In 1962, I was in winter training with the U.S. Navy Parachute Team, the Chuting Stars, in El Centro, California. One day, we were quite surprised to see Jacques-André Istel, president of the Parachute Club of America (USPA’s predecessor organization), arrive in his shiny new Cessna 182. He was a friend of our training officer, Chief Warrant Officer Vinson, who was also an Area Safety Officer for PCA. He informed Vinson of a PCA conference to develop guidelines for instructor licenses and asked whether Vinson could send someone. I was given the assignment and flew to Deer Valley Airport near Phoenix, Arizona, for the event. There, I joined a number of high-level parachutists from around the nation, including General Joseph W. Stilwell Jr. Several of the U.S. Army Golden Knights—the best of the best—were there, but I was the only Navy guy. Lewis B. Sanborn, D-1, was also in attendance.
Part of our work at the conference—titled the Examiners’ Conference—included training jumps where one of us played the role of the student, one the observer and one the instructor. It was a full load for the Cessna 182. When my turn came to be the instructor, I waited at the aircraft for my “student” to show up. I waited and waited and waited! There wasn’t a jump list posted, so I had no idea who it would be. I was shocked to see General Stilwell come walking out from the hangar. His condition told me this was an Army vs. Navy set up, and they had me! The general had his helmet on sideways, and he peeked out through an ear hole. One of his leg straps hung loose, and he had his chest-mounted reserve on upside down. About the only thing he didn’t do was put his jump boots on the wrong feet. I should have sent him back to the hangar, but I was an enlisted man, pay grade E-7 at the time, and didn’t think I could tell a general he couldn’t jump.
It took some doing (with no cooperation from the general), but I finally got his gear all squared away. I went over the checklist of basic procedures for the jump, but he didn’t seem to pay attention. We finally boarded the 182 for what was to be a simple hop-and-pop from 2,500 feet. When approaching the drop zone, the instructor is supposed to give a hand signal to the student to climb out on the step and hang onto the strut, and then give a slap on the leg to tell the student to push off. When I gave the general the hand signal to climb out on the step, he fell out of the plane on purpose. I immediately dove out after him thinking, “What next?” Our pilot chutes popped about a second apart, and my mind was in a whirlwind during our short ride to the ground. We didn’t land far from the hangar, but they sent a truck for him anyway. You just don’t make a general walk. Afterward, he was kind enough to sign his name and license number (C-345) in my logbook, marking the most memorable jump I ever made.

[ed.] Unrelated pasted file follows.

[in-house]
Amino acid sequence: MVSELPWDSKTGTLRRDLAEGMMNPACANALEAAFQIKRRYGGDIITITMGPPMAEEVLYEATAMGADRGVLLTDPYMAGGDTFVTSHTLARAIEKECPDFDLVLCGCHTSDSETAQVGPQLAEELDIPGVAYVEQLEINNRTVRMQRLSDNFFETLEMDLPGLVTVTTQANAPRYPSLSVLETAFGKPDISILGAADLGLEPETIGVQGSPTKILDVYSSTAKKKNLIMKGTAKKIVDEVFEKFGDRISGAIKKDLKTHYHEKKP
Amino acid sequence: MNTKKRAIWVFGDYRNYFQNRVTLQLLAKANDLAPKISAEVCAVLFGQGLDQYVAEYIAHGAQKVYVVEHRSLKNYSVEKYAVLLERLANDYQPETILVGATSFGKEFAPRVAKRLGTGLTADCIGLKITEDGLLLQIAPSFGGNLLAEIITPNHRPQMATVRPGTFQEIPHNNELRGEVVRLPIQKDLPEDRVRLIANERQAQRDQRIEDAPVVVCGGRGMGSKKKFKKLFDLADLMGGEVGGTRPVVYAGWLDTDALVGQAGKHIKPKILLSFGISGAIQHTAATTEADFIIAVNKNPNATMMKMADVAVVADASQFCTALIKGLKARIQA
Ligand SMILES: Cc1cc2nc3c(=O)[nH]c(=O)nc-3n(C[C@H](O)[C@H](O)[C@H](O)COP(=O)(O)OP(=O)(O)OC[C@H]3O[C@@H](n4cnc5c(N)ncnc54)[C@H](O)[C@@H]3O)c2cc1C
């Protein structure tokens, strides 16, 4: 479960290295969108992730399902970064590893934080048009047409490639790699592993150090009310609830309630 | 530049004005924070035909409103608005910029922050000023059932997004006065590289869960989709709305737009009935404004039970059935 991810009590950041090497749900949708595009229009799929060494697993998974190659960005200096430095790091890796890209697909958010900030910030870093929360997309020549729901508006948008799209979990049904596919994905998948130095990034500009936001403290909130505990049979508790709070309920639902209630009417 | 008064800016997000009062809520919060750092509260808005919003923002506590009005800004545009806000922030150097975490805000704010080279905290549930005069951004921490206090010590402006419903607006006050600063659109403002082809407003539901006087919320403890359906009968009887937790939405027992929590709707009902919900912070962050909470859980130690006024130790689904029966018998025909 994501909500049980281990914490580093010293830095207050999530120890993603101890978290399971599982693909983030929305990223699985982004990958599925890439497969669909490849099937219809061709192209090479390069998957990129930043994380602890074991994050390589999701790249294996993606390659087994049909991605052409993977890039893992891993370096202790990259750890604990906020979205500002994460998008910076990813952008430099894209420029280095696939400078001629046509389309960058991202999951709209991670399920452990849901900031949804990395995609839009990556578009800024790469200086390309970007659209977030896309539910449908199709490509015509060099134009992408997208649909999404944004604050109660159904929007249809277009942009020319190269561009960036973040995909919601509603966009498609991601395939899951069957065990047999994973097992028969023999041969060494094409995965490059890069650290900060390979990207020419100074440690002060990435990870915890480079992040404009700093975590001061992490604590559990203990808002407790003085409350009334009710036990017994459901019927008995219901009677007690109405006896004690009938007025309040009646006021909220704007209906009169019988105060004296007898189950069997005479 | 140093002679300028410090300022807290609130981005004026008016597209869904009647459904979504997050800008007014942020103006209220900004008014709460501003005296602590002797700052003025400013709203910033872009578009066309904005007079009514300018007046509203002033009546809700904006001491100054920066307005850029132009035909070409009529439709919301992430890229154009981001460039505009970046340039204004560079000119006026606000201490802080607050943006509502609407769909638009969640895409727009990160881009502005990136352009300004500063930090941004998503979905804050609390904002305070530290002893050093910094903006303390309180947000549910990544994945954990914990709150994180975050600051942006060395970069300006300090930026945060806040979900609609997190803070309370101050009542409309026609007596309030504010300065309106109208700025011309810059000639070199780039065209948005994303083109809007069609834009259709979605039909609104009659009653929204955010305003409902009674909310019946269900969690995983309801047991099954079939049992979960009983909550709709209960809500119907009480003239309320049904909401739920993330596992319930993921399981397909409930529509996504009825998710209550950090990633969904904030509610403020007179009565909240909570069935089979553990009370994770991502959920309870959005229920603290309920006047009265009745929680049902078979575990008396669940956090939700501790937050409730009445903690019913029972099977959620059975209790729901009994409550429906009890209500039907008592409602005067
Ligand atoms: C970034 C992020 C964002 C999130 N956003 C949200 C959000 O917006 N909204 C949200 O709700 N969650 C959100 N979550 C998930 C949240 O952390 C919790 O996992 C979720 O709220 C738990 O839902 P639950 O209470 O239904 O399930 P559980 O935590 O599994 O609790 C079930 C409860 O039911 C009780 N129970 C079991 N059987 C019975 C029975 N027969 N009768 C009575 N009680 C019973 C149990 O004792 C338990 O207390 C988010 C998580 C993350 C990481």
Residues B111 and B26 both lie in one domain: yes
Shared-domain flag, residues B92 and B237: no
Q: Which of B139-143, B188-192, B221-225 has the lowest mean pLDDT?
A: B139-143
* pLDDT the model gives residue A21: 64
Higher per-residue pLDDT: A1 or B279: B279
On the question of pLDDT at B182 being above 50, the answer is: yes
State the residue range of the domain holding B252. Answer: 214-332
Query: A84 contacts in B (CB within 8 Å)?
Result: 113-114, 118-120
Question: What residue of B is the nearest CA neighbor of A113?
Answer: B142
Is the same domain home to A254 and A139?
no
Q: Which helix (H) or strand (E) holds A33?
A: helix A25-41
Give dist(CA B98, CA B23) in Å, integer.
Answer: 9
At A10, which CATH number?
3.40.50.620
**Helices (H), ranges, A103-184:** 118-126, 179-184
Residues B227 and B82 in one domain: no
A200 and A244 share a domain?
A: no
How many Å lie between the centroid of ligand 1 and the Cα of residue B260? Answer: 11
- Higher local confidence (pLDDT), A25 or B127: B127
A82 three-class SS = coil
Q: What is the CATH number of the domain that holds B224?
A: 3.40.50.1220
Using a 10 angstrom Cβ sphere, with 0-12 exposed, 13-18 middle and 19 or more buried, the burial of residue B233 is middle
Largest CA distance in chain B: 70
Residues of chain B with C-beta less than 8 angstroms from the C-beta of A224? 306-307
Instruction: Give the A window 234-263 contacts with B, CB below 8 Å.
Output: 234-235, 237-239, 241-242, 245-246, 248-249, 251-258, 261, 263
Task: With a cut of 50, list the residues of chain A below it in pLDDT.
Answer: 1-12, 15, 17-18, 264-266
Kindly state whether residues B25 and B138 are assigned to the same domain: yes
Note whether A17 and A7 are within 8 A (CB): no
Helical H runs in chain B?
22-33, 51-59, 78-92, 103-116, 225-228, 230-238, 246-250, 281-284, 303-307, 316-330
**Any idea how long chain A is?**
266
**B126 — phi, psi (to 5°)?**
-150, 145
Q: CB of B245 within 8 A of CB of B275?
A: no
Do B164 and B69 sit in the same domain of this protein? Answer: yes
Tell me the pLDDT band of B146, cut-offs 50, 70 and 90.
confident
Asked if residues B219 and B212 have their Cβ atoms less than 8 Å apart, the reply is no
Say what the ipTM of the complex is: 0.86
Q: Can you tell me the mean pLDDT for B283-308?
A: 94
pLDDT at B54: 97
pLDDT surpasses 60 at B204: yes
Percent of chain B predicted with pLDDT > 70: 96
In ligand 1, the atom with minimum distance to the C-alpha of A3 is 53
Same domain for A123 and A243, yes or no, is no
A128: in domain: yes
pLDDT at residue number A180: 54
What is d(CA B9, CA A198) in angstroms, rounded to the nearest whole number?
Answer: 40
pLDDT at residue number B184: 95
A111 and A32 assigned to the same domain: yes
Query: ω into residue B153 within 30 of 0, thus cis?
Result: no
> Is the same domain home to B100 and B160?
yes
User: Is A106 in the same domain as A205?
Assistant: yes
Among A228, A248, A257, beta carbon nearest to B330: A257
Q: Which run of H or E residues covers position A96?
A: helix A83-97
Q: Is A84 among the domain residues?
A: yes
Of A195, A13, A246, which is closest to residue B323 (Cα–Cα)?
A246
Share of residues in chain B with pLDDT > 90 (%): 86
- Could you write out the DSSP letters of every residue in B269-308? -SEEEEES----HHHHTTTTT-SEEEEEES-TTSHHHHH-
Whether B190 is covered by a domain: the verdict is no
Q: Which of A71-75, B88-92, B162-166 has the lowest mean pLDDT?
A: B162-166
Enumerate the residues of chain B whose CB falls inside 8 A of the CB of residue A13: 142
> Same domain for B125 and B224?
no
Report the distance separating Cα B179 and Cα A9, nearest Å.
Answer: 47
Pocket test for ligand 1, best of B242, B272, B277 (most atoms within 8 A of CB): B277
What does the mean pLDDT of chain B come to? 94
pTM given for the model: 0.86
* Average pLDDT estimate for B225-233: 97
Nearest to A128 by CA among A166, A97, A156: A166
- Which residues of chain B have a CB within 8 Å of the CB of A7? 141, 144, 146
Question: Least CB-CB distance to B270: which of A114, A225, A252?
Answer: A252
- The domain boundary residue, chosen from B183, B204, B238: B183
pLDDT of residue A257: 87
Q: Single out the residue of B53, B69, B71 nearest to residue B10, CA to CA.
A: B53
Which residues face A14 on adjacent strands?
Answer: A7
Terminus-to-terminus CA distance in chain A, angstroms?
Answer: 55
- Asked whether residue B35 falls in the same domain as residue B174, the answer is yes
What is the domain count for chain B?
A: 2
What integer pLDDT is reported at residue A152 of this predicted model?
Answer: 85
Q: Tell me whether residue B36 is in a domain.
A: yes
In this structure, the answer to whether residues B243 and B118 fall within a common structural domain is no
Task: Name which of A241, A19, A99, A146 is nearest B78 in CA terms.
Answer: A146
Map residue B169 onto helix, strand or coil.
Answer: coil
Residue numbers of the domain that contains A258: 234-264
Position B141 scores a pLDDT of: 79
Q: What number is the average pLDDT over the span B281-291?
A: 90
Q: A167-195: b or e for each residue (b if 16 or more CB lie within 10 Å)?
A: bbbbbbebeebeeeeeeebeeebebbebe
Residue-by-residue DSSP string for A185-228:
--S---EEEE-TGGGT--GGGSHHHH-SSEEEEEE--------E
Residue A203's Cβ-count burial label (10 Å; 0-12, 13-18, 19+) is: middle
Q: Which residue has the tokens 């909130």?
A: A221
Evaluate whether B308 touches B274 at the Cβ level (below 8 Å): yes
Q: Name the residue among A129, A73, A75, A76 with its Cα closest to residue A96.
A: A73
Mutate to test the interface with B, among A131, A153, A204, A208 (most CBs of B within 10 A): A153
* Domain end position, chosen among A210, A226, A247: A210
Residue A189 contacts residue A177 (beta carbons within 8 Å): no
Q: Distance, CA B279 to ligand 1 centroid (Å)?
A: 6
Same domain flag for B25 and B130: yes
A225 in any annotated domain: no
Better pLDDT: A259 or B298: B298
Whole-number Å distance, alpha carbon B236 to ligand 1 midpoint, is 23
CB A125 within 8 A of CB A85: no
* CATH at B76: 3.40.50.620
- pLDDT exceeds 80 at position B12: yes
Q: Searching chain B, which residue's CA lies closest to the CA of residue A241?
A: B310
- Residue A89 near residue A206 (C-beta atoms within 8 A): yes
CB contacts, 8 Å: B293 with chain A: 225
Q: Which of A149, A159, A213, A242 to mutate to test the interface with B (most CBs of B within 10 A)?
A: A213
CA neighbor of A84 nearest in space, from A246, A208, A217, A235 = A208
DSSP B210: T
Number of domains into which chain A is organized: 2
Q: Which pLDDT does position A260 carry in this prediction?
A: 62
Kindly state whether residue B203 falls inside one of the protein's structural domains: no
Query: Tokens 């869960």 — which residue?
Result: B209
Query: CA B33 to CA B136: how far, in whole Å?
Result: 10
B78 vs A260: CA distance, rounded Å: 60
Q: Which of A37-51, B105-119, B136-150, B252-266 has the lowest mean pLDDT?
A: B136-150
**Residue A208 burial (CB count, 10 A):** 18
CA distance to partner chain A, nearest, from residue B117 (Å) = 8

On July 25, 1966, General Stilwell and a friend were flying a C-47 from California to Hawaii but didn’t make it. Several Coast Guard and Navy ships searched a wide area for days but no trace of them was ever found. Far more was lost than two flyers and a leftover aircraft from World War II. Having since crossed the waters between California and Hawaii many times on aircraft carriers, it is very possible I’ve passed over his resting place.
Ed Kruse | D-121